A very remarkable silver broach of extraordinary size, the ring being about seven inches in diameter, and the tongue twenty-two inches in length; weighing twenty-five ounces, was found in the year 1785 in a field near Fluskew-pike, in the parish of Dacre. The most probable conjecture respecting it, is, that it was used for fastening a tent (fn. n4). A fibula of silver was found in the mud of a fish-pond in Brayton park, and a silver hook weighing two ounces. (fn. n5)
A small brass kettle, with two handles, standing on three legs, in form exactly resembling the iron ones still in use, was found, a few years since, at the Roman station on Eskmeals, in the parish of Ravenglass, and is now in the possession of E. L. Irton, Esq. It has these devices raised on it.
This vessel does not exhibit any thing the least like Roman workmanship, but it has the appearance of great antiquity; having undergone frequent repairs, apparently long after it was manufactured. Several small holes have been stopped, by bits of copper cut out and rivetted on: and one of the legs which has been broken is spliced in a very clumsy manner by a piece of metal soldered on. Another of the same form, but without any device on it, has been found at the same place, and is also in the possession of Mr. Irton.
The curious ancient glass vessel called the Luck of Edenhall, on the preservation of which, according to popular superstition, the prosperity of that house depends, is well known from the Duke of Wharton's ballad, which begins,
It is of a green coloured glass ornamented with foliage, and of different colours in enamel (fn. n6): the case of leather, in which it is kept, is ornamented with scrolls of vine leaves, and on the top are the letters Ihc: from which it seems probable that this vessel was originally designed for sacred uses. From the style of the ornaments, it seems to be of as early an age as the beginning of the fifteenth century, probably earlier.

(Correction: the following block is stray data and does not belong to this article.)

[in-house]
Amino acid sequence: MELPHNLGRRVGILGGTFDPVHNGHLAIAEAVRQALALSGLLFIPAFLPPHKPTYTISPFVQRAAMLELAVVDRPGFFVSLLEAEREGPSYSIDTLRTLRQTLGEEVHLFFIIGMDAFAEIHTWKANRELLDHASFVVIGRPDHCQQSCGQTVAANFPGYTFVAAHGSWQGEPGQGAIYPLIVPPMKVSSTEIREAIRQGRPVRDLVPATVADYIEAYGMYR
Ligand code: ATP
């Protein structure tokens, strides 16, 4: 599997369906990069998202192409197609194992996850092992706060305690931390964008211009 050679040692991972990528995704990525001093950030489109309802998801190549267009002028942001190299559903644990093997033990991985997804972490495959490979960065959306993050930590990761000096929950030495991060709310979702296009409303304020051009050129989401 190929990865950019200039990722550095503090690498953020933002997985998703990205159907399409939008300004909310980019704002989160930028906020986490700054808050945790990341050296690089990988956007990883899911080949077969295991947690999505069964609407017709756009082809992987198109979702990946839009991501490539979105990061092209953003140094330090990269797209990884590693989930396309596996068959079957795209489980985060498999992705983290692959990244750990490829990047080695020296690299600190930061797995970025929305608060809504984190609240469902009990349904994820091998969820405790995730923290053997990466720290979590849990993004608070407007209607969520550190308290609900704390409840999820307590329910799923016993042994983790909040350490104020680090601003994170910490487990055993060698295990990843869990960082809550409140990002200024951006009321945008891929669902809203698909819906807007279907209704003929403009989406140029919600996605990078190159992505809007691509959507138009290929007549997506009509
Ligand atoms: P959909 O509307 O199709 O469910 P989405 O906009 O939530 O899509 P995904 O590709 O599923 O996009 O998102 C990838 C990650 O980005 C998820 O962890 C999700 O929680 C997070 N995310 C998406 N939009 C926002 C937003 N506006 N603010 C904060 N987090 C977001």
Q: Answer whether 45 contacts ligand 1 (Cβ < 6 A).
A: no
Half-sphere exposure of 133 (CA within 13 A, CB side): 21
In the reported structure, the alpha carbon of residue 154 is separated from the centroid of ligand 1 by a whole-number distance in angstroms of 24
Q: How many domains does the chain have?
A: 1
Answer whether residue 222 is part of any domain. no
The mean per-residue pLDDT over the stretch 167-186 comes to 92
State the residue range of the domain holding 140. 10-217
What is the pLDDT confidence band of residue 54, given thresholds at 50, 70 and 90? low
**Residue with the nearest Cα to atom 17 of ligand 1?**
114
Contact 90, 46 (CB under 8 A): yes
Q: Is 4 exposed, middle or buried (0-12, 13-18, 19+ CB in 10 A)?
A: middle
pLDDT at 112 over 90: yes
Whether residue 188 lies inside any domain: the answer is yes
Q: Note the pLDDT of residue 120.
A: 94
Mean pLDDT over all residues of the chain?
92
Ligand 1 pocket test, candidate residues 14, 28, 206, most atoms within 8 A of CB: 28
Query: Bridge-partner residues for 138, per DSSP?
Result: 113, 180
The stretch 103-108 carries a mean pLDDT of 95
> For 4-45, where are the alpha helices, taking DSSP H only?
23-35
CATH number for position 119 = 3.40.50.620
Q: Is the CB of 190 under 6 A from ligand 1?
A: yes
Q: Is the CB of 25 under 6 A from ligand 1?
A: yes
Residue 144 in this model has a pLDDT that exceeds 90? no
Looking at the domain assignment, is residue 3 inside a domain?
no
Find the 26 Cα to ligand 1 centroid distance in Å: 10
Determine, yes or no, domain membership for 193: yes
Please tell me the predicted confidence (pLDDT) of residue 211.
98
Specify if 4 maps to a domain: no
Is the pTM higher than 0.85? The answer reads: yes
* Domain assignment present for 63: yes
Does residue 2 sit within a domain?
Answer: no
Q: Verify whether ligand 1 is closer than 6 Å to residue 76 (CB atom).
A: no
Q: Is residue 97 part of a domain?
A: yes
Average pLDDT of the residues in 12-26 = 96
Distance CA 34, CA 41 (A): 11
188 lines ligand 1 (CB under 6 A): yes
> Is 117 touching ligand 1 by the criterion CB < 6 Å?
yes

At Muncaster Castle is also preserved an ancient glass vessel of the basin kind, about seven inches in diameter, ornamented with some white enamelled mouldings; which, according to family tradition, was presented to Sir John Pennington by King Henry VI.
Several remarkable customs formerly prevailed in this county, some of which still continue. In the parish of Muncaster it is said that the children go from house to house on New Year's Eve, singing a ditty, which craves the bounty "they were wont to have in old King Edward's days (fn. n7)." And on New Year's Day, in many places of this and the adjoining county of Westmorland, the common people assemble together, carrying stangs (polls) and baskets, and hoist up any man who refuses to join them, on the poll; or woman on the basket; carrying them to the next public house, where the payment of a small fine liberates the prisoner (fn. n8). On Easter Eve, in some parts of the county, the boys and beggars ask for eggs (fn. n9). In Cumwhitton they hold the wake on St. John's Eve, with lighting fires (the bel-tien) dancing &c. (fn. n10) Mr. Pennant says, that the bel-tien superstition was kept up till of late years, in the neighbourhood of Keswick, and that in this rural sacrifice, it was customary for the performers to bring with them boughs of the mountain ash (fn. n11). In the parish of Whitbeck, newly married peasants beg corn to sow for their first crop, and are called Cornlaiters, and here as well as in several other places in the county, people keep Wake with the dead (fn. n12). The Bride-ale here called a Bride-wain, prevails in several parts of the county. (fn. n13)